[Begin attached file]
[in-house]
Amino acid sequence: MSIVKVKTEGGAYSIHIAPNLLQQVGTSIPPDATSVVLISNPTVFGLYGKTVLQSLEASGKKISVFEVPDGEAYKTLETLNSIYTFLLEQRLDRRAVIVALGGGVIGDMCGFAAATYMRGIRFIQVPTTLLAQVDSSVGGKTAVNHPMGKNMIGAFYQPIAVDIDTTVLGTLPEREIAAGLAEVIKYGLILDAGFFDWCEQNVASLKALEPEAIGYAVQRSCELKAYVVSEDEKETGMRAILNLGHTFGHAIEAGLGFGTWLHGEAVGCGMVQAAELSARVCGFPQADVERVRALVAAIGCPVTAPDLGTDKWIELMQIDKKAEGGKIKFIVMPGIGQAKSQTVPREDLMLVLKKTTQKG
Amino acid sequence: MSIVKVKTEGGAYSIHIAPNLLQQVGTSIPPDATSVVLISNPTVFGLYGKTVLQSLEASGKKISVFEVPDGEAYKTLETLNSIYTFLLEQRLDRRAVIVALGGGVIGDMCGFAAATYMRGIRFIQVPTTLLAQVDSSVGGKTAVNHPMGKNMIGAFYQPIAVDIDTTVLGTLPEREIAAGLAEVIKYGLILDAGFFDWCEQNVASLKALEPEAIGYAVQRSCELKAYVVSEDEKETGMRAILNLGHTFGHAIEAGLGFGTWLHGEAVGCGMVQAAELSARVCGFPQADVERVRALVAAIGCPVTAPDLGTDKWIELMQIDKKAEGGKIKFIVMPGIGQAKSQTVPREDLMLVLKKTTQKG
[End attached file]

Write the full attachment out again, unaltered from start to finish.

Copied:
[in-house]
Amino acid sequence: MSIVKVKTEGGAYSIHIAPNLLQQVGTSIPPDATSVVLISNPTVFGLYGKTVLQSLEASGKKISVFEVPDGEAYKTLETLNSIYTFLLEQRLDRRAVIVALGGGVIGDMCGFAAATYMRGIRFIQVPTTLLAQVDSSVGGKTAVNHPMGKNMIGAFYQPIAVDIDTTVLGTLPEREIAAGLAEVIKYGLILDAGFFDWCEQNVASLKALEPEAIGYAVQRSCELKAYVVSEDEKETGMRAILNLGHTFGHAIEAGLGFGTWLHGEAVGCGMVQAAELSARVCGFPQADVERVRALVAAIGCPVTAPDLGTDKWIELMQIDKKAEGGKIKFIVMPGIGQAKSQTVPREDLMLVLKKTTQKG
Amino acid sequence: MSIVKVKTEGGAYSIHIAPNLLQQVGTSIPPDATSVVLISNPTVFGLYGKTVLQSLEASGKKISVFEVPDGEAYKTLETLNSIYTFLLEQRLDRRAVIVALGGGVIGDMCGFAAATYMRGIRFIQVPTTLLAQVDSSVGGKTAVNHPMGKNMIGAFYQPIAVDIDTTVLGTLPEREIAAGLAEVIKYGLILDAGFFDWCEQNVASLKALEPEAIGYAVQRSCELKAYVVSEDEKETGMRAILNLGHTFGHAIEAGLGFGTWLHGEAVGCGMVQAAELSARVCGFPQADVERVRALVAAIGCPVTAPDLGTDKWIELMQIDKKAEGGKIKFIVMPGIGQAKSQTVPREDLMLVLKKTTQKG